Electronic invoicing is on the rise in Europe, as companies are processing fewer invoices through more-costly paper channels, new survey data suggest.
The European E-Invoicing Service Providers Association says its members last year processed and delivered 840.7 million electronic invoices in 2013, up 19.1 percent from 706 million a year earlier.
The international not-for-profit association, which formed in 2011 and represents Europe’s e-invoicing service providers, says its members now process and deliver more than half of all electronic B2B and business-to-government (B2G) invoices to European receivers. In 2013, those members processed 603 million direct and indirect B2B and B2G e-invoices, up 16.6 percent from 517.3 million the previous year, according to the survey findings.
Direct invoices represent those sent directly to customers; indirect ones are delivered to non-association service providers and to association services providers not participating in the survey. Broken out, the association’s members processed 463.5 million B2B/B2G direct e-invoices last year, up 18.7 percent from 390.5 million in 2012, and 139.5 indirect e-invoices, up 8.3 percent from 128.8 million.
“What the research clearly shows is that the adoption of e-invoicing and volumes of e-invoices from and between the companies has increased significantly,” Esa Tihilä, association co-chair and CEO of Basware, said in a statement. “We expect the adoption of e-invoicing to increase even more rapidly on a European and global scale as the benefits of e-invoicing are realized more widely with the support of regulatory standards and a supportive infrastructure.”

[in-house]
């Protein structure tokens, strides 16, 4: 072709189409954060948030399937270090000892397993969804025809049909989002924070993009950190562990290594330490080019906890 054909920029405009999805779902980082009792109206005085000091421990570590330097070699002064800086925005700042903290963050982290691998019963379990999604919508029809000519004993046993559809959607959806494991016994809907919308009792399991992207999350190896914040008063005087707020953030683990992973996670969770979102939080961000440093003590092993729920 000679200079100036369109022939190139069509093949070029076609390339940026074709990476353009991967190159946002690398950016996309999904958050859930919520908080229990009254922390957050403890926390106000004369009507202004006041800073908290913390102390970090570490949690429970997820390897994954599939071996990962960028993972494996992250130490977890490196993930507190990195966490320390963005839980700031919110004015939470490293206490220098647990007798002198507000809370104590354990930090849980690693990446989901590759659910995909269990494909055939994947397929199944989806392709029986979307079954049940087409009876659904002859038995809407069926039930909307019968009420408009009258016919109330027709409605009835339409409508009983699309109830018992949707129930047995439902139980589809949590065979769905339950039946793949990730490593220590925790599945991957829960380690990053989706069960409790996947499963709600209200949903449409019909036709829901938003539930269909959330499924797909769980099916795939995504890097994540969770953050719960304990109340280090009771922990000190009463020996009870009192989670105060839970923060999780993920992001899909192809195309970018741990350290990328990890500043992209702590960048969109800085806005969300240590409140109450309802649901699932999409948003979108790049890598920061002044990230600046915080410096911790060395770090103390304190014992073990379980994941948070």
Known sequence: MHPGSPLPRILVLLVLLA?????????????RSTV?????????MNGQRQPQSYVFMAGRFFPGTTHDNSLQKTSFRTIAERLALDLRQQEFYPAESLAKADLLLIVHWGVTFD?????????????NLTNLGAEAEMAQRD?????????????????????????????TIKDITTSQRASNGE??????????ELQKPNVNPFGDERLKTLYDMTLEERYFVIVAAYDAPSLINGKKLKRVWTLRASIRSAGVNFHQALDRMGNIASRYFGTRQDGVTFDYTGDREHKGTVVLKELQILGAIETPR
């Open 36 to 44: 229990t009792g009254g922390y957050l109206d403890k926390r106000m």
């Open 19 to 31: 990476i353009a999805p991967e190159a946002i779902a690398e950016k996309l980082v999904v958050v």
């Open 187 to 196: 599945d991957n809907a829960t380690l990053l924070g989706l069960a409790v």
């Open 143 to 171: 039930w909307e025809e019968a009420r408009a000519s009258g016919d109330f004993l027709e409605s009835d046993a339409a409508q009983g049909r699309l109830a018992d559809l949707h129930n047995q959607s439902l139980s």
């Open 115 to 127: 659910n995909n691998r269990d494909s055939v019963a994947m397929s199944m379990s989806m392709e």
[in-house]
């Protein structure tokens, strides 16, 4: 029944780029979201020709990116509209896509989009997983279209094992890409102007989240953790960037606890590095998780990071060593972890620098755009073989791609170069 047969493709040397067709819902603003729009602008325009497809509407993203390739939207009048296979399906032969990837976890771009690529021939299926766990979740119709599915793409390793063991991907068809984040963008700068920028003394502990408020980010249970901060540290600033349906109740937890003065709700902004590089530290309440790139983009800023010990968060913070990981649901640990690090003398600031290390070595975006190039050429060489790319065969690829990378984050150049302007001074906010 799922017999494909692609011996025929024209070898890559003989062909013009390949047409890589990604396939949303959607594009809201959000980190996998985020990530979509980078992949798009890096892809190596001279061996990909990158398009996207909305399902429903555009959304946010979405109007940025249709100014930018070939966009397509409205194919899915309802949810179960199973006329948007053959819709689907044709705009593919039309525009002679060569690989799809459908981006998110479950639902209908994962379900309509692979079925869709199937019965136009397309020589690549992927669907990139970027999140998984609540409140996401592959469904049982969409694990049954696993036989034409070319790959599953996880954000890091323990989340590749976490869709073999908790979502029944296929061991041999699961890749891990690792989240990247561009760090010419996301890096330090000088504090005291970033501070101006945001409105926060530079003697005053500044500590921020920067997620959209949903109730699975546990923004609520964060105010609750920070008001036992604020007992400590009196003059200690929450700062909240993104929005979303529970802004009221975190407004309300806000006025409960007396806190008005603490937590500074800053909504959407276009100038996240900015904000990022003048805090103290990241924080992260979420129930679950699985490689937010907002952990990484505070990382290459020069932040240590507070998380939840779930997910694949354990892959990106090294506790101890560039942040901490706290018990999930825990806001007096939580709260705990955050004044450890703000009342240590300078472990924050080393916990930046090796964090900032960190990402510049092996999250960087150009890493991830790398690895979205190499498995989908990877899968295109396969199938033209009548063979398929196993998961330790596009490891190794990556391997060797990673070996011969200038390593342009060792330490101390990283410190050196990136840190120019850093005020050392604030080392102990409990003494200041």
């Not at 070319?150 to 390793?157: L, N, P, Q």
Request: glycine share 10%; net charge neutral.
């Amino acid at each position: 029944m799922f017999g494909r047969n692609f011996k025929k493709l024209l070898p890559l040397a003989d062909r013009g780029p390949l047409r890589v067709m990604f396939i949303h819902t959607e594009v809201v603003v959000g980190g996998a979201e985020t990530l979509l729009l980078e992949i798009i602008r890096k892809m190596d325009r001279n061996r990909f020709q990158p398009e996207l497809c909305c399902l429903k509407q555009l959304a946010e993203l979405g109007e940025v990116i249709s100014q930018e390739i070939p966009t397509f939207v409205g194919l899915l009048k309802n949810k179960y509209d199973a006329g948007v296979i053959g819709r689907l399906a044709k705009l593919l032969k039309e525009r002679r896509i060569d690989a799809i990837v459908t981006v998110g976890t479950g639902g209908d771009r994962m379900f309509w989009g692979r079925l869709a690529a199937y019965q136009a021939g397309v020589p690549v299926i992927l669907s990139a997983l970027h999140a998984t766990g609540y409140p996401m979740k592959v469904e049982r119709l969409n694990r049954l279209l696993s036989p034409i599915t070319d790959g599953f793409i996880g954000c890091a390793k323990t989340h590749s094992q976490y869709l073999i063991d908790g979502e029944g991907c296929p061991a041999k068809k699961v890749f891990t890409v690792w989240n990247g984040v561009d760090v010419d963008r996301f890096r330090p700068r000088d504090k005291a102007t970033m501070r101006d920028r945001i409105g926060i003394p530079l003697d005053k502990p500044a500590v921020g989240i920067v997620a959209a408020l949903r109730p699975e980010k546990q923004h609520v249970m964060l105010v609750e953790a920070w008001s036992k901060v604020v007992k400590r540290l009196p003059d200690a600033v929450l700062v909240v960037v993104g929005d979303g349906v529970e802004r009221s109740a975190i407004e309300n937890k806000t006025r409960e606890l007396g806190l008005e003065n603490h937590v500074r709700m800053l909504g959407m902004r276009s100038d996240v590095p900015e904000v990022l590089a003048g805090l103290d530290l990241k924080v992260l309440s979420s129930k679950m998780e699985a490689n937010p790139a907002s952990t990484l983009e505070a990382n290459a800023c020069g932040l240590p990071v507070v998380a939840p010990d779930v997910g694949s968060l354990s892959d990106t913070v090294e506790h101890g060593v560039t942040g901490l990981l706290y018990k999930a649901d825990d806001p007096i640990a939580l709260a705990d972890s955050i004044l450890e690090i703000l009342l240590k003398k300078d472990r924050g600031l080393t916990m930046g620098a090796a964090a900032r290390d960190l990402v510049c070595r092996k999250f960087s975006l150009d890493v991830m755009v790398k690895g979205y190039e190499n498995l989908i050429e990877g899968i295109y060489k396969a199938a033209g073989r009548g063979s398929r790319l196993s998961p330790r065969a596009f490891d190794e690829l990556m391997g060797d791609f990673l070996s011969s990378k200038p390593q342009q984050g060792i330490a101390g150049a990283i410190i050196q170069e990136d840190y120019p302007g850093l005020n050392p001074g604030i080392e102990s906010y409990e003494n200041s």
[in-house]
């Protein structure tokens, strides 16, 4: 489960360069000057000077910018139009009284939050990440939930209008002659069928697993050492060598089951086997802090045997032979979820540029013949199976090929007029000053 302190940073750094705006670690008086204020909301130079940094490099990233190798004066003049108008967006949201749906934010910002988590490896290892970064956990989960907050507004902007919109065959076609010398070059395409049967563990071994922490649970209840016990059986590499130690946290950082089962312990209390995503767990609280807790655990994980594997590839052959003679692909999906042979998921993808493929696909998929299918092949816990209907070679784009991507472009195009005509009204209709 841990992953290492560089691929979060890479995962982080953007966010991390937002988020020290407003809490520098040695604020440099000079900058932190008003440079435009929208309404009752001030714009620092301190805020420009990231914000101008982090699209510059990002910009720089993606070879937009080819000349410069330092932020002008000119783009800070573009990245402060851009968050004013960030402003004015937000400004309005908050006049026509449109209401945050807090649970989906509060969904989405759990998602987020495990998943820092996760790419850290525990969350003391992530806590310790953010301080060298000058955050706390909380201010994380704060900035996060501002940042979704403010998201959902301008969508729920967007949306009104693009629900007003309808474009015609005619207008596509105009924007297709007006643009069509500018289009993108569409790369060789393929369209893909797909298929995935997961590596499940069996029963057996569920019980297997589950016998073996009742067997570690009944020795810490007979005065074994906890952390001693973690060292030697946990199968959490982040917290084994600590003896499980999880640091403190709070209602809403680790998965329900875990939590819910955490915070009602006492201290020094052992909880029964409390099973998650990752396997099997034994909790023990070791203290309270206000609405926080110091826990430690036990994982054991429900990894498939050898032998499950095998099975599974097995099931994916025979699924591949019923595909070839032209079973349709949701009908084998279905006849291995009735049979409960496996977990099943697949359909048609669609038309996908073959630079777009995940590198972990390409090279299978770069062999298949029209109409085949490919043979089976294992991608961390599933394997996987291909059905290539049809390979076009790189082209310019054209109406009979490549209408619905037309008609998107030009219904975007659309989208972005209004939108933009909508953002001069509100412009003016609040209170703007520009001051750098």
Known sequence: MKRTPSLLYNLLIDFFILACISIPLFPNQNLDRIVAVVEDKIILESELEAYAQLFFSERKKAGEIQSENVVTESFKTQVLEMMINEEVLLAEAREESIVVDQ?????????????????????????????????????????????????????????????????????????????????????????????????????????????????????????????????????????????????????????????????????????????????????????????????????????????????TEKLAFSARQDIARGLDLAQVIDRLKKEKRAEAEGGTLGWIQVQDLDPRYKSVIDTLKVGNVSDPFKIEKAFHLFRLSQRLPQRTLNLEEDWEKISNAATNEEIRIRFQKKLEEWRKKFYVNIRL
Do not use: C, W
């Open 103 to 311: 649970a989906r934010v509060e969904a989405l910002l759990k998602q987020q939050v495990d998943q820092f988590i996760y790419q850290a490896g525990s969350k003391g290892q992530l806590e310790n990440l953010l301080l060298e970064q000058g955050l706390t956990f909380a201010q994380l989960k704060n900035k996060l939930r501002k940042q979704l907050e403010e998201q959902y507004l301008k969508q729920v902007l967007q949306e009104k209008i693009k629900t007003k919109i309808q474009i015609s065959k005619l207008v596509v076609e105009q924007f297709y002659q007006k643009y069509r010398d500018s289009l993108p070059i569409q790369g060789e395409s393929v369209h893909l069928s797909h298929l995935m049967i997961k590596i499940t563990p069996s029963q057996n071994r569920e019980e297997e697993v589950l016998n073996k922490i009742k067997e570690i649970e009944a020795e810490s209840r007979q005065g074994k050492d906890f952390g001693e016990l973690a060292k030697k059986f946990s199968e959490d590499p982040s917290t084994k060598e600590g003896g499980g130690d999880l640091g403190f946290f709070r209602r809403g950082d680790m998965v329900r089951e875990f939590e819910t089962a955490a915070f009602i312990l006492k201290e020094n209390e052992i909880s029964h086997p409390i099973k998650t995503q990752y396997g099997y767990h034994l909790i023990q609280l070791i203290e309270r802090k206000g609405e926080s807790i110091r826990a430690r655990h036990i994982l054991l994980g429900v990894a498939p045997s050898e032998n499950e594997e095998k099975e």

Association members also processed 237.7 million direct and indirect business-to-consumer invoices, up 26 percent from 188.6 million in 2012. Broken out, they processed 174.5 million direct e-invoices, up 10.7 percent from 157.7 million, and 63.2 million indirect ones, up 104 percent from 31 million.
The association says its member service providers are making a significant contribution to the adoption of electronic invoicing across both Europe and elsewhere. Service provider networks and services to buyers and suppliers contribute a growing and sizeable element of total e-invoice volume, and these services are more often than not preferred to direct connections between suppliers and buyers, which can be cumbersome to manage and do not take advantage of “network” effects, it said in the announcement of the survey findings.
“With [association] members processing at least half of all e-invoices in Europe, it is clear that our community of members is playing a vital part in making supply-chain automation a reality with its massive cost, efficiency and liquidity benefits,” Charles Bryant, association co-chair and European affairs adviser at Tungsten Network, said in a statement.
The member survey represented the first the association has conducted looking into its members’ e-invoicing activities. It plans to make the research an annual project to “provide fresh reliable data on e-invoicing from within the industry every year,” Bryant said.